10-13-2003, 12:44 PM
So AV, are you saying that the rumor I read (without anything to back it up except the fact that someone who works in a lower level capacity at WDW heard something on Fox that might have jumped the gun) that said Disney and Pixar reached a deal in which Disney gave up a lot are unfounded?

Peter Pirate
10-13-2003, 12:51 PM
"A sinking ship"???

To this I ask you, what was Disney's profit last year? It was down yes, but hardly in the "sinking" category!

Also, Pixar did so poorly aligning themselves with Disney in the first place, I can see how this "sinking ship" would be bad for them now.:confused: :confused: :confused:

You do make a valid point about any other suitor being happy with this news, as well. But the final decision will be business and certainly it would be easier on both Pixar and Disney if an acceptable arrangement can be negotiated. Disney is capable of moving on without Pixar, in fact they have to be because it may be out of their hands. Pixar is capable of moving on without Disney, but it will be into unchartered waters and while their product speaks for itself it is still better to not risk when not necessary. Wouldn't you agree?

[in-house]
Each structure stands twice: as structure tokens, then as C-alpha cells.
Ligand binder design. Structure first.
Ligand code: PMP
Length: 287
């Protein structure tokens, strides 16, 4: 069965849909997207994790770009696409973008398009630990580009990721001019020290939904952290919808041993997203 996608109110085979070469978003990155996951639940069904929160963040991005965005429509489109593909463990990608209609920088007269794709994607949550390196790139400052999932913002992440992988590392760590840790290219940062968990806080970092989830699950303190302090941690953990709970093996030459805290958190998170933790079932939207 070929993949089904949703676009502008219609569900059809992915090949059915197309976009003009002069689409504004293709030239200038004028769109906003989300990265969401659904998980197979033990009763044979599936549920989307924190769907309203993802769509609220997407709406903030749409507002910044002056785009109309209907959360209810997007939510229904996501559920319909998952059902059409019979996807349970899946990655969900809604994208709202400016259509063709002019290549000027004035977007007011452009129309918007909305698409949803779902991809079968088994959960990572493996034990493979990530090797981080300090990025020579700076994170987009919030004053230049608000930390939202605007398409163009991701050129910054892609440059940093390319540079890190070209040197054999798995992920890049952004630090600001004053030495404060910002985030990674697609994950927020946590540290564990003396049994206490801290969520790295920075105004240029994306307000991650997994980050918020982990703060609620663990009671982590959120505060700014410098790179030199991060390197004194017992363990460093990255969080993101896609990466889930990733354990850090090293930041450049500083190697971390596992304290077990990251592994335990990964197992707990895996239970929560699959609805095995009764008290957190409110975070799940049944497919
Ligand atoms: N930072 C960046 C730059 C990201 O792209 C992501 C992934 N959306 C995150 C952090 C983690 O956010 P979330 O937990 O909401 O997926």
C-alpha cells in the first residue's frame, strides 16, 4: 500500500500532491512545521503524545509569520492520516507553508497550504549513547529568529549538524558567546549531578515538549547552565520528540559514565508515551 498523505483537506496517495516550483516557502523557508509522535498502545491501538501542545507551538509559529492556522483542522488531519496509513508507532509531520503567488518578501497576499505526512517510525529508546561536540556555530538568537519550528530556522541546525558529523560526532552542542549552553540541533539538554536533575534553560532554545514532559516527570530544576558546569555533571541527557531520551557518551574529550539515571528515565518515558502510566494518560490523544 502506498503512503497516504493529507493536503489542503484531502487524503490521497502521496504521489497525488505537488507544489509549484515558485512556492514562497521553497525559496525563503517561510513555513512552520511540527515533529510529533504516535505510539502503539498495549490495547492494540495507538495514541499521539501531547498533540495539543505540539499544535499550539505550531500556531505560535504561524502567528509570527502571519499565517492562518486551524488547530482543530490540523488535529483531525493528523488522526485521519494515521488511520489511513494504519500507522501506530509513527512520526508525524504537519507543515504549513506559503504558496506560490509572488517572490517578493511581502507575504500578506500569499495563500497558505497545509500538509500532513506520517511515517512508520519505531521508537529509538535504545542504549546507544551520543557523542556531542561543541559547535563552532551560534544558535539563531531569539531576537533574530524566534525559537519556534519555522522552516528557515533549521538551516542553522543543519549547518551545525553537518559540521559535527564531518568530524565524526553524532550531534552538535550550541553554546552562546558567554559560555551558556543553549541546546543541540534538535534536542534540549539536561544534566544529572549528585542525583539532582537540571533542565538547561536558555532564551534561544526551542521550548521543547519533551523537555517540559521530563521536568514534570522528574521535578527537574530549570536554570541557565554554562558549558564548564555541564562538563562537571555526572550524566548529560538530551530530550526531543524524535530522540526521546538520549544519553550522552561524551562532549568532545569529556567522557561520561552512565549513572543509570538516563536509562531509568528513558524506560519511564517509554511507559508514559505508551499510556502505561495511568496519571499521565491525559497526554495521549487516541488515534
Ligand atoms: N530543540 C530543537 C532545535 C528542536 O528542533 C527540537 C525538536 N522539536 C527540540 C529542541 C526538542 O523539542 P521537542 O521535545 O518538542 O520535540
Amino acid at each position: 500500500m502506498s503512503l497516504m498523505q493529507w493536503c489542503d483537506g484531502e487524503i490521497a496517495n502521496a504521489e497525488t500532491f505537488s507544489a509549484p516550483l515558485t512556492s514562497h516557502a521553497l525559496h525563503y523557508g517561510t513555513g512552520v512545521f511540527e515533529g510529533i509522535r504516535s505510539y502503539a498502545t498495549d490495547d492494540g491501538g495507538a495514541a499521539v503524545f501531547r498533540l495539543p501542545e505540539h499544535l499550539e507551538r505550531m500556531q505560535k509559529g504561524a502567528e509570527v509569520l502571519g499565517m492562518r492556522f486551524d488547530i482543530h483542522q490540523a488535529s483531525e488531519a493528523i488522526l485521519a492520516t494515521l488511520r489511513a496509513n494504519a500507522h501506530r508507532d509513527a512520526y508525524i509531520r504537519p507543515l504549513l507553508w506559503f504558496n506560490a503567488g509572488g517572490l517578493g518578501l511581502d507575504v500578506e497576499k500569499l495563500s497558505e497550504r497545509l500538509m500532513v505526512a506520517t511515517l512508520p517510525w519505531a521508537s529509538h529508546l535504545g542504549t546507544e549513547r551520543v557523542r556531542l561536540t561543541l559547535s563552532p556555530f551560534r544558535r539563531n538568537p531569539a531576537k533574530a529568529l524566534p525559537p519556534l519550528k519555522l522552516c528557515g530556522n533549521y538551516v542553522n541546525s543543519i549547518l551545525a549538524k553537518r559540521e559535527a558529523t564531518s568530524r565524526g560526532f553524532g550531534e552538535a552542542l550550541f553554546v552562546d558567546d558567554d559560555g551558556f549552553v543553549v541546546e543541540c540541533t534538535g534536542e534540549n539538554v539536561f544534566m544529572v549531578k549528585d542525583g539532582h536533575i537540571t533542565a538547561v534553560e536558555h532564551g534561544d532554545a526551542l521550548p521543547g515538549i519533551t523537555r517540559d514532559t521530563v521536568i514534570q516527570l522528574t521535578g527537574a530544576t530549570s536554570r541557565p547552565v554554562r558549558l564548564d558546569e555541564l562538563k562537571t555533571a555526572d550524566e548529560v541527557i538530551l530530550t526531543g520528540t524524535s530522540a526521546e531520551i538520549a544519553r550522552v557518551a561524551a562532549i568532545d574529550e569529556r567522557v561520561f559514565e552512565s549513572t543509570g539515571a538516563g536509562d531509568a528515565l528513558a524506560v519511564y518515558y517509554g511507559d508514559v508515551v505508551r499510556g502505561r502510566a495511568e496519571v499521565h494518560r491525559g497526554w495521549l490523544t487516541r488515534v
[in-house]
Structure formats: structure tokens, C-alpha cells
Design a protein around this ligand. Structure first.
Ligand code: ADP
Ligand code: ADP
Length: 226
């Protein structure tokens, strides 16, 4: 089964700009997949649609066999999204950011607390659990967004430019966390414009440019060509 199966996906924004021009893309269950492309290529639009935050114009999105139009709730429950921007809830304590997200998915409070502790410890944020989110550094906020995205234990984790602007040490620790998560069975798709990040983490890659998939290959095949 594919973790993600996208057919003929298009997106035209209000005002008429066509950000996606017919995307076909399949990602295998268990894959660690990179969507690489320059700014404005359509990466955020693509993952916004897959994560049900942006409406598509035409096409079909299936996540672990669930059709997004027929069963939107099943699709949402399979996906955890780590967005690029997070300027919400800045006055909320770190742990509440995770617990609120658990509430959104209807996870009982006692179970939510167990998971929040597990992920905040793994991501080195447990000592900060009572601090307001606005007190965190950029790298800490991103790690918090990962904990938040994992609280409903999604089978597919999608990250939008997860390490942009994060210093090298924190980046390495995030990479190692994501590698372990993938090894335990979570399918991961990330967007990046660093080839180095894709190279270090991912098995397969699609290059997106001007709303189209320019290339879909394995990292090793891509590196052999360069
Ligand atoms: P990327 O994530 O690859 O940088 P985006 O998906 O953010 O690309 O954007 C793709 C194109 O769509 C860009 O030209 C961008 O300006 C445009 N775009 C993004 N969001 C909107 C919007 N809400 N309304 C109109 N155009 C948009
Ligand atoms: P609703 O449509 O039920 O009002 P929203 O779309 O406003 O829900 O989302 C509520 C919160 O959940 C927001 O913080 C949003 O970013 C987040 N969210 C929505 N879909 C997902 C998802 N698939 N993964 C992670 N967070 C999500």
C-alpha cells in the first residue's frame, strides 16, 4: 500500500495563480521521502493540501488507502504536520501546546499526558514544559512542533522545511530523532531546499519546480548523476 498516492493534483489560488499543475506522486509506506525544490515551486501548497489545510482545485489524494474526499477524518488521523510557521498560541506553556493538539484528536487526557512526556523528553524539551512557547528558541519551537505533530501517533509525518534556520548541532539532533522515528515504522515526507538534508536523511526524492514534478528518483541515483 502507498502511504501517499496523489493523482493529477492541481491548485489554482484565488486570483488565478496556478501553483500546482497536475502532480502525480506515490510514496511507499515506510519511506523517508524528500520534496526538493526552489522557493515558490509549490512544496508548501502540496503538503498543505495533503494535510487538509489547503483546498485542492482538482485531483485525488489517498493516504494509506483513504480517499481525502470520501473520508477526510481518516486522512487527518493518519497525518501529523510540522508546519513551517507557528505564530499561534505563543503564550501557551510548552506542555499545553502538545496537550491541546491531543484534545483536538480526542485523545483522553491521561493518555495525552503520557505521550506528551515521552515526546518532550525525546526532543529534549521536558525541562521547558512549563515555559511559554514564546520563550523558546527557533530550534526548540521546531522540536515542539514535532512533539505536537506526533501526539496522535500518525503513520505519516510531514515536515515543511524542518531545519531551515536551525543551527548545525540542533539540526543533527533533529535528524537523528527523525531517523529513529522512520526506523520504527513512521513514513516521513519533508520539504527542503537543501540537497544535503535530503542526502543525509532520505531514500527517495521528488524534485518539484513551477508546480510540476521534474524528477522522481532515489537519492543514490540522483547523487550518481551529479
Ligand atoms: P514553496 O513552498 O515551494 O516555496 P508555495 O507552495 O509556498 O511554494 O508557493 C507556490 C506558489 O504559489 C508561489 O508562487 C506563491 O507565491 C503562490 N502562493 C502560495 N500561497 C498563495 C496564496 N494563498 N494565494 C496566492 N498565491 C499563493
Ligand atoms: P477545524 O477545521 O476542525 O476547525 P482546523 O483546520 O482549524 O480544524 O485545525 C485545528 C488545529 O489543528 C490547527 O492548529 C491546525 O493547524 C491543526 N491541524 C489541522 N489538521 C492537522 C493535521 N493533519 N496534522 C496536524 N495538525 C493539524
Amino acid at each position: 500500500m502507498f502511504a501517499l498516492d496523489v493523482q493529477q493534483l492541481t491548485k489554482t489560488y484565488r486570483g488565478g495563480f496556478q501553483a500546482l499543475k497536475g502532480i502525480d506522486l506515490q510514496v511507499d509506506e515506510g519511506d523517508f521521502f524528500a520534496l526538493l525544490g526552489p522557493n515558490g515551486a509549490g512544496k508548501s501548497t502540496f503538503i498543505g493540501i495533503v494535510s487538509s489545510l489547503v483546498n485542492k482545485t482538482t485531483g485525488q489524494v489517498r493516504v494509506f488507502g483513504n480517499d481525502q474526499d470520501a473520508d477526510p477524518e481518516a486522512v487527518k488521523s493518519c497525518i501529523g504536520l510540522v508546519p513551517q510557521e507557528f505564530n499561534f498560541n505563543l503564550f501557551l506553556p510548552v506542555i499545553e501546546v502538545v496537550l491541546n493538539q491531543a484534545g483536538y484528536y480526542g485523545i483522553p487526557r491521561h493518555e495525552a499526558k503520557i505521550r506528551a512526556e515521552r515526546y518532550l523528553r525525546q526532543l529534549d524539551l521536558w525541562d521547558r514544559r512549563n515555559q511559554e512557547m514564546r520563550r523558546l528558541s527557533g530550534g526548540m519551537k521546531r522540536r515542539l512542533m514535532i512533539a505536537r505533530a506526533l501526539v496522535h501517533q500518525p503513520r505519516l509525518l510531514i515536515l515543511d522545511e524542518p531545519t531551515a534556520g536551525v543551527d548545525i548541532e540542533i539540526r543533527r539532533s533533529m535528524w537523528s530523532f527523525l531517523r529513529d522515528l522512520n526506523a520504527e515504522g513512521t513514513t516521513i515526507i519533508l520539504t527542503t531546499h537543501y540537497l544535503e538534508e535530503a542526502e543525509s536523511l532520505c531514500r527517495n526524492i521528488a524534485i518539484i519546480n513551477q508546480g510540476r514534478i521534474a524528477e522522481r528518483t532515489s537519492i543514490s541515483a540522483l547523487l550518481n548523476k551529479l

Another Voice
10-13-2003, 01:57 PM
"I can see how this "sinking ship" would be bad for them now."

Atlantis, Treasure Planet and "Animation is just for Saturday Mornings" - M. Einser. And would Pixar want to invest the millions for a TV to appear on ABC when it show up on NBC or CBS instead? Pixar's theme park presence is limited to kiddie lands - not the kind of major attraction they think they have a right to.

Other than that, I pretty much agree with you. Change is always risky - especially now that it involves so much money. No one expected the Pixar films to be consistantly such massive hits. It's like a team on a winning streak - no one knows why it's happening so people so no one wants to fiddle with things. I'm sure Pixar would prefer (everything else being equal) not to mess things up (and because they beleive they'll outlast Eisner), and Disney is desperate for the cash - it's half their film related profits (and I'm desperate for Disney to keep whatever flickering ember of imgination they have left no matter who they have to buy it from).